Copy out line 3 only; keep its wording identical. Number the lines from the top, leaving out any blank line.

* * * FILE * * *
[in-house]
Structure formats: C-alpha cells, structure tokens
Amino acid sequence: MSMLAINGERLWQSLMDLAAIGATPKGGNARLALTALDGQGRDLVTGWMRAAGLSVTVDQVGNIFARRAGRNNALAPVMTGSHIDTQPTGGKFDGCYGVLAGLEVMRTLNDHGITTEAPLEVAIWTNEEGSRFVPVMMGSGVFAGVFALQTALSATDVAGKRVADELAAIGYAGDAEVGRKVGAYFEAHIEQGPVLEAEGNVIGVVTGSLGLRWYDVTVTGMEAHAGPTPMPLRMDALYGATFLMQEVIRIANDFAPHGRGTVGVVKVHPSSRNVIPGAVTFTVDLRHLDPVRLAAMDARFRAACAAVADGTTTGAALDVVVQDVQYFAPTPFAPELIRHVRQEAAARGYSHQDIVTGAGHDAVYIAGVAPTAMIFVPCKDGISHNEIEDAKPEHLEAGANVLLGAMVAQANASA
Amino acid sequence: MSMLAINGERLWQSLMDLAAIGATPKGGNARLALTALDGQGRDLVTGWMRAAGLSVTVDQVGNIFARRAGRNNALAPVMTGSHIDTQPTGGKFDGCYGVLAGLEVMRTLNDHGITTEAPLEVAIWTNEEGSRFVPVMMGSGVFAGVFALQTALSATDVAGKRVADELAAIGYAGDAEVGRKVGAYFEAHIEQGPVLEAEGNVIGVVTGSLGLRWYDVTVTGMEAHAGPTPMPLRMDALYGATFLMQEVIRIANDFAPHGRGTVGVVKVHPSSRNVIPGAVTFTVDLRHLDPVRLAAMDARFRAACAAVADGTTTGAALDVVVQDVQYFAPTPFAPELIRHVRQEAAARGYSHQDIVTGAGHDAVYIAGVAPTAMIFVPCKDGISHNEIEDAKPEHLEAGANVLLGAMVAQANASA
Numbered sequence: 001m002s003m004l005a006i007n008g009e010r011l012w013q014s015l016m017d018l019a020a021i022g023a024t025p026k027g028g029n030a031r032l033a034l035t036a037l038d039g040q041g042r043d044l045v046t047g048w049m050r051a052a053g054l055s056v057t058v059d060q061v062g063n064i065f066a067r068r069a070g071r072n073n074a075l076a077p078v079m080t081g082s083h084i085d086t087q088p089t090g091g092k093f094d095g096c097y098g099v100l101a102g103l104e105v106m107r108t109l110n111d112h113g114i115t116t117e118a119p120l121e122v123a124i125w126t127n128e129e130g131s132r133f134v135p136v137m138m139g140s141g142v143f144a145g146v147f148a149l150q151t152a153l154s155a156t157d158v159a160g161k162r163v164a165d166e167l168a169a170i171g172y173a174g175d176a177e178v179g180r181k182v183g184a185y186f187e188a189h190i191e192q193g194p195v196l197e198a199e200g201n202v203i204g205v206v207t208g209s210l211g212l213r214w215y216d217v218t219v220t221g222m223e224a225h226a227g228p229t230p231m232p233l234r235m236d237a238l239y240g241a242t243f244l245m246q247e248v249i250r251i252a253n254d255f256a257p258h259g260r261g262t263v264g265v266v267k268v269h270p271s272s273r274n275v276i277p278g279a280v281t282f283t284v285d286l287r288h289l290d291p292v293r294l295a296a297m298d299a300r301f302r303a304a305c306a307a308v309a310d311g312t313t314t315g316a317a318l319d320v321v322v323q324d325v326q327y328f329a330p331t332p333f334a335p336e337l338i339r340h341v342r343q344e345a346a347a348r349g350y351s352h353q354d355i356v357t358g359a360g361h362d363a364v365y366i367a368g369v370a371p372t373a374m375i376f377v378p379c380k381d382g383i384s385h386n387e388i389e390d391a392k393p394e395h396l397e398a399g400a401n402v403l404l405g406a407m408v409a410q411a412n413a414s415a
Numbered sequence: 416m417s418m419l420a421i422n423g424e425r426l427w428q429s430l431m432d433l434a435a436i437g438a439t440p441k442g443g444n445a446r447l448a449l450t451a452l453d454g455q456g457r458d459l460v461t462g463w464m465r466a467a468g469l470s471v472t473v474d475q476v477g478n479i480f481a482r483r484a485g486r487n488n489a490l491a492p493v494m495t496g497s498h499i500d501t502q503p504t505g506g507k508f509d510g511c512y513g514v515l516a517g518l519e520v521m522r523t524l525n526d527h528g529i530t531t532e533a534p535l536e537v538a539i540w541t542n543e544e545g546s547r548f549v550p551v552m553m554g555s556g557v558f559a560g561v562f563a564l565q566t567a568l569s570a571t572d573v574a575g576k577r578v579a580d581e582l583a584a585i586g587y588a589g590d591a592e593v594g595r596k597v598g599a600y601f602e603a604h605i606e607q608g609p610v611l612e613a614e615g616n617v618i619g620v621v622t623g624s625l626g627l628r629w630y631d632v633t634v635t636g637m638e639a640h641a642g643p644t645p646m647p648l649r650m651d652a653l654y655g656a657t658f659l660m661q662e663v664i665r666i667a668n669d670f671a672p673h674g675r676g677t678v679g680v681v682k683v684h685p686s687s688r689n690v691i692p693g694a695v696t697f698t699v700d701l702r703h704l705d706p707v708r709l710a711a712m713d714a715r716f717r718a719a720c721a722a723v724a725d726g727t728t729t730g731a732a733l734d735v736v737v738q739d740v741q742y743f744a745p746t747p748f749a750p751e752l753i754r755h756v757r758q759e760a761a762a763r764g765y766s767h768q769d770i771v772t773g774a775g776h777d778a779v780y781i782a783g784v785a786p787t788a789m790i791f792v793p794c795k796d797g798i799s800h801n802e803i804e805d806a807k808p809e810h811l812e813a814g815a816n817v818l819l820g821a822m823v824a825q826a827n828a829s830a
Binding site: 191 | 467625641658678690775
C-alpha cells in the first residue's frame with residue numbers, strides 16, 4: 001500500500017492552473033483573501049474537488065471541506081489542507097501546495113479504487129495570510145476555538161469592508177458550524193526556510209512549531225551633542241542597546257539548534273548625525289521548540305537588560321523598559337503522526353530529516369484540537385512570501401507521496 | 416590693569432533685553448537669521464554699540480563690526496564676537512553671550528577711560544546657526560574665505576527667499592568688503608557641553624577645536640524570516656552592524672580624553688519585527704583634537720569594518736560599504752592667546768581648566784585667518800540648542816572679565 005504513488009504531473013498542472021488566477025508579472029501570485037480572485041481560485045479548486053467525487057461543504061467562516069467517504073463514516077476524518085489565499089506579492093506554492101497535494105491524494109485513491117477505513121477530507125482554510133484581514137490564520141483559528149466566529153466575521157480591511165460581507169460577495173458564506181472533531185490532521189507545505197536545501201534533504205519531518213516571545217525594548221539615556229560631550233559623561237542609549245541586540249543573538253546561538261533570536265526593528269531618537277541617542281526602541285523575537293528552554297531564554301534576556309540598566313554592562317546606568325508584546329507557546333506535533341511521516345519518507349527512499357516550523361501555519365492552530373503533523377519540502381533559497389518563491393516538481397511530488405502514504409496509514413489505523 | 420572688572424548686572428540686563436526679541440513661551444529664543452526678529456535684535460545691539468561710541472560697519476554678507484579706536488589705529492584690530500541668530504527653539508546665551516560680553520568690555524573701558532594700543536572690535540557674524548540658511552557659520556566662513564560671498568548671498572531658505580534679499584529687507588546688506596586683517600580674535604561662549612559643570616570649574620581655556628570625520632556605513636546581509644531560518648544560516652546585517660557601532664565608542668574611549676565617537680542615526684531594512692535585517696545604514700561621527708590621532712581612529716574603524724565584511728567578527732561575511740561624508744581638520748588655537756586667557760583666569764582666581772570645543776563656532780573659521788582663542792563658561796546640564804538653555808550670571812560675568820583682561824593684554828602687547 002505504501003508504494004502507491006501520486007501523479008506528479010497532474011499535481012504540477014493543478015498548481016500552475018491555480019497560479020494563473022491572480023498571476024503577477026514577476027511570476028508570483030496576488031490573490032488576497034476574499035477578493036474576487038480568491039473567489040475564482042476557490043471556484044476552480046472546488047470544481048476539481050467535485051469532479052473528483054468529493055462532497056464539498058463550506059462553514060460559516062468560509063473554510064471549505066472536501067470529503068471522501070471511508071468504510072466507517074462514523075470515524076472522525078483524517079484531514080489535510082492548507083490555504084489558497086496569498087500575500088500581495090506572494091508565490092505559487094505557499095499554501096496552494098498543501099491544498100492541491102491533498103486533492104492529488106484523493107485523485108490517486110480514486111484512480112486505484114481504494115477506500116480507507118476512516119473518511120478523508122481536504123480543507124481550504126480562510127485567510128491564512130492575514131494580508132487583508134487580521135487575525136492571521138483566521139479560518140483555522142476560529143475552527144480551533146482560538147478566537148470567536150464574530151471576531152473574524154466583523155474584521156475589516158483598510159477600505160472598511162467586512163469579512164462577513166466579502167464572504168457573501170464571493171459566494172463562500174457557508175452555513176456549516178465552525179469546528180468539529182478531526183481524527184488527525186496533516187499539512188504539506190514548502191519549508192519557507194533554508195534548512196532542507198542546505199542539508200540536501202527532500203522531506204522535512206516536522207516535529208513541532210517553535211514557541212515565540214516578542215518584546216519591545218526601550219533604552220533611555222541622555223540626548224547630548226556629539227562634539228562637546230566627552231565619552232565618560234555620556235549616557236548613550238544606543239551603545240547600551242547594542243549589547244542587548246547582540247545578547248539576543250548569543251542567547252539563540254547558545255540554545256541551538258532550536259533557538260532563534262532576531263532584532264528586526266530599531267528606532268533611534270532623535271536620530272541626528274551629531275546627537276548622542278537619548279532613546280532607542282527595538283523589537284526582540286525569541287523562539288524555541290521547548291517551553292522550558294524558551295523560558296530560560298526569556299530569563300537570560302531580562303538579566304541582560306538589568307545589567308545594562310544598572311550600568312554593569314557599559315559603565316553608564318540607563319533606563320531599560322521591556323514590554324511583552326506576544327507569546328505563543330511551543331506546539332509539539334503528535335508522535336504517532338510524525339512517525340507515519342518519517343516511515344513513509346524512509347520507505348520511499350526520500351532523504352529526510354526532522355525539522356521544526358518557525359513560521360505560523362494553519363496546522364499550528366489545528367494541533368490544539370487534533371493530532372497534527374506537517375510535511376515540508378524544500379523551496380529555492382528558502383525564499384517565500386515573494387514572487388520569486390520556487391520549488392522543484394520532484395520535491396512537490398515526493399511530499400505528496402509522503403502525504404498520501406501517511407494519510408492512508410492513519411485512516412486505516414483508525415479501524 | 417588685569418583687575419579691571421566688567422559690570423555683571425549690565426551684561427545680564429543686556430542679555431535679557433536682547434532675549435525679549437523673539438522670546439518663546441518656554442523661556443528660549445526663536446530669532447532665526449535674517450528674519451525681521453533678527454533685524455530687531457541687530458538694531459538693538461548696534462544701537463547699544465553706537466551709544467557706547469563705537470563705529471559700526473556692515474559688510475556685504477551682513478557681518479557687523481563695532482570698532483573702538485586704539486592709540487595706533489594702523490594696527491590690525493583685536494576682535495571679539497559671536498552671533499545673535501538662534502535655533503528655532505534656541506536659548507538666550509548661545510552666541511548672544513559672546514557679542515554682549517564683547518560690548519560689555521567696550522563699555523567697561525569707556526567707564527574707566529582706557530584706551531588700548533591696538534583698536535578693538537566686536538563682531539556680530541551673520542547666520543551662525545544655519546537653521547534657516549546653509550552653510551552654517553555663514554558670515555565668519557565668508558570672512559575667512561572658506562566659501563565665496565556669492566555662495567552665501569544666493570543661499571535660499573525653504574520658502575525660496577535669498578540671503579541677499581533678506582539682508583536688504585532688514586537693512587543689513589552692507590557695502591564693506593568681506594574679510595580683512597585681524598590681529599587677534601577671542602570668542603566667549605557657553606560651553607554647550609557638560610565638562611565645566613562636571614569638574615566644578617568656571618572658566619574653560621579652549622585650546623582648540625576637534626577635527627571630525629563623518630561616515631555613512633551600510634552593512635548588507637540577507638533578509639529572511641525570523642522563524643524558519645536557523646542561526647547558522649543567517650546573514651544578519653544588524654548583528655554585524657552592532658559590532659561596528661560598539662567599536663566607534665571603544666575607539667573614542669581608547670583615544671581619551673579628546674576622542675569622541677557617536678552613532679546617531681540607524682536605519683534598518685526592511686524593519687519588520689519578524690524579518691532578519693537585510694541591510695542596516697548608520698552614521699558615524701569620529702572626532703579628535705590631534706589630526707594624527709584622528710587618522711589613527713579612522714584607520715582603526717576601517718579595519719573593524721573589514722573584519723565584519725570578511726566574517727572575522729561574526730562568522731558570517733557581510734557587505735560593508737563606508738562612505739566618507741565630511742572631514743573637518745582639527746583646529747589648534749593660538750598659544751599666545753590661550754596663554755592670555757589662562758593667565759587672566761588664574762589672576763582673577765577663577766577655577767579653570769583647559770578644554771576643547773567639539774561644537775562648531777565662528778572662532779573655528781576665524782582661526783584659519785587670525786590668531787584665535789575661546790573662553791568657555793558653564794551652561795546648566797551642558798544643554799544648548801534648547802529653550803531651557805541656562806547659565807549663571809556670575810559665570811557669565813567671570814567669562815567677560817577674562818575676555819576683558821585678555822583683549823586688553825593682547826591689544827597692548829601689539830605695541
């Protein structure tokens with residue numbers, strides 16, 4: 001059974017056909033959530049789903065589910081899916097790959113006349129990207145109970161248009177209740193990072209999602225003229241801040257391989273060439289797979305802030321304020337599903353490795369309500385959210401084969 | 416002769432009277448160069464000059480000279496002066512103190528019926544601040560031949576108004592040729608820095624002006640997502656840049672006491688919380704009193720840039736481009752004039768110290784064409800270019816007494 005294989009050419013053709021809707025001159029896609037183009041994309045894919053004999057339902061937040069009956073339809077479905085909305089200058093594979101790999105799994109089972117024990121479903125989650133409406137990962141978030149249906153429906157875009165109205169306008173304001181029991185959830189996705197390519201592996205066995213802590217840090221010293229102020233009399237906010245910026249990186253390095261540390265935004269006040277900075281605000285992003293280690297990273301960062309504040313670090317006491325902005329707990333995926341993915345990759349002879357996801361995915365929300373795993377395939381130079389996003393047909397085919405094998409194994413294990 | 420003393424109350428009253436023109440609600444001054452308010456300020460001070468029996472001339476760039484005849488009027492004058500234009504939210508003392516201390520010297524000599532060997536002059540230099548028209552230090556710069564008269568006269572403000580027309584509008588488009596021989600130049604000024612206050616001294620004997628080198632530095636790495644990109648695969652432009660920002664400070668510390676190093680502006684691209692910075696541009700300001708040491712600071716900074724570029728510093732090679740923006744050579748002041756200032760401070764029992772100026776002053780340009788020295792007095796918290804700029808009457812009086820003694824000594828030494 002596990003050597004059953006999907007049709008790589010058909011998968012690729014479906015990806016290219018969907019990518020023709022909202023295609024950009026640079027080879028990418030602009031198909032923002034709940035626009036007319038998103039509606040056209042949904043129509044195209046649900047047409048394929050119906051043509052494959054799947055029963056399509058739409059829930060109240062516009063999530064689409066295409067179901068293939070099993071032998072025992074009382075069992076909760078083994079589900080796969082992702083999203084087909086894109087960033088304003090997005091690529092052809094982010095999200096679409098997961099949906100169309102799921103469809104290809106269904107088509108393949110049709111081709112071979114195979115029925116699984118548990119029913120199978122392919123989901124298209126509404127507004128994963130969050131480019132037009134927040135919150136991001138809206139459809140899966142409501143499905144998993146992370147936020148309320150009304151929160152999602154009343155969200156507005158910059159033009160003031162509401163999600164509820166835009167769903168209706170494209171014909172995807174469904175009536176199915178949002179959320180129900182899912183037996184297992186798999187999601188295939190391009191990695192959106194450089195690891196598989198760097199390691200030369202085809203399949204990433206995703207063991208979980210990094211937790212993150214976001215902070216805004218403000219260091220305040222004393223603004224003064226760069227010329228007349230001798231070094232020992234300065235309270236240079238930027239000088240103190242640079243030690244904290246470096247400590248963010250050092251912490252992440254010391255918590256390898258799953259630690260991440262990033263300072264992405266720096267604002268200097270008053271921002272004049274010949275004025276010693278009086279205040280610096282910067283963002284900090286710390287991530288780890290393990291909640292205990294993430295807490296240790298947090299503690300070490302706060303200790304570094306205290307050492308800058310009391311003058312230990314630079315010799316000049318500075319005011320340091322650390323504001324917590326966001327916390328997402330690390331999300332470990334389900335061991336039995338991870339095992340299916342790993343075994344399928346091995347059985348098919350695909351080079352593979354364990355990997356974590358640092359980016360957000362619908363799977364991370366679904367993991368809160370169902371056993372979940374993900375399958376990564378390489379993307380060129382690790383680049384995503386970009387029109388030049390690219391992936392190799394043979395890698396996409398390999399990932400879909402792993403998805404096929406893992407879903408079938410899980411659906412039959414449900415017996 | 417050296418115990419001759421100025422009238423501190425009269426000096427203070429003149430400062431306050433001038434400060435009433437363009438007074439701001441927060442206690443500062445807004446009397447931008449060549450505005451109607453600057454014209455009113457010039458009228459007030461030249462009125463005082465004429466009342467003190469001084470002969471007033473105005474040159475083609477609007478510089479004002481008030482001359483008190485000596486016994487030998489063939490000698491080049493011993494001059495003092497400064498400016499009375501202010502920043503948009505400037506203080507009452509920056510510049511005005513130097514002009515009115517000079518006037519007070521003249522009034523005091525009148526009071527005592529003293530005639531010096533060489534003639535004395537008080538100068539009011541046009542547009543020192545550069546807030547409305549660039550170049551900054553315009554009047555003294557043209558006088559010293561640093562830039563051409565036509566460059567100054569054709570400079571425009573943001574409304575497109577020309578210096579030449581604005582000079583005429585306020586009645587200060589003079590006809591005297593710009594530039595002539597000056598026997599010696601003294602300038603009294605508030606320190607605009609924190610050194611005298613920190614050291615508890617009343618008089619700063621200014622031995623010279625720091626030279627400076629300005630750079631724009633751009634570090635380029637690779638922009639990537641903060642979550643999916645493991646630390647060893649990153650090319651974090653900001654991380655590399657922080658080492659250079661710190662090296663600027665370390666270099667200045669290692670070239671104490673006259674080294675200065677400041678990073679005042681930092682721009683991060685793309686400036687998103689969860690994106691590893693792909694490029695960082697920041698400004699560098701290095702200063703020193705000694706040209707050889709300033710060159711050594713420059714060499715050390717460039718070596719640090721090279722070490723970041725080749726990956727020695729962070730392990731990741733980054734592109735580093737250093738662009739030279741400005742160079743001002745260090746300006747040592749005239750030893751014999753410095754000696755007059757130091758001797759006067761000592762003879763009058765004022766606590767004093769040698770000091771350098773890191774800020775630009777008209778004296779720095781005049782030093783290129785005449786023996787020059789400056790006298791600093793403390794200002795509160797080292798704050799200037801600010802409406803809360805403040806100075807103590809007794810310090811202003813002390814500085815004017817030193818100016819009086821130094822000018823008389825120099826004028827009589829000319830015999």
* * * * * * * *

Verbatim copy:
Amino acid sequence: MSMLAINGERLWQSLMDLAAIGATPKGGNARLALTALDGQGRDLVTGWMRAAGLSVTVDQVGNIFARRAGRNNALAPVMTGSHIDTQPTGGKFDGCYGVLAGLEVMRTLNDHGITTEAPLEVAIWTNEEGSRFVPVMMGSGVFAGVFALQTALSATDVAGKRVADELAAIGYAGDAEVGRKVGAYFEAHIEQGPVLEAEGNVIGVVTGSLGLRWYDVTVTGMEAHAGPTPMPLRMDALYGATFLMQEVIRIANDFAPHGRGTVGVVKVHPSSRNVIPGAVTFTVDLRHLDPVRLAAMDARFRAACAAVADGTTTGAALDVVVQDVQYFAPTPFAPELIRHVRQEAAARGYSHQDIVTGAGHDAVYIAGVAPTAMIFVPCKDGISHNEIEDAKPEHLEAGANVLLGAMVAQANASA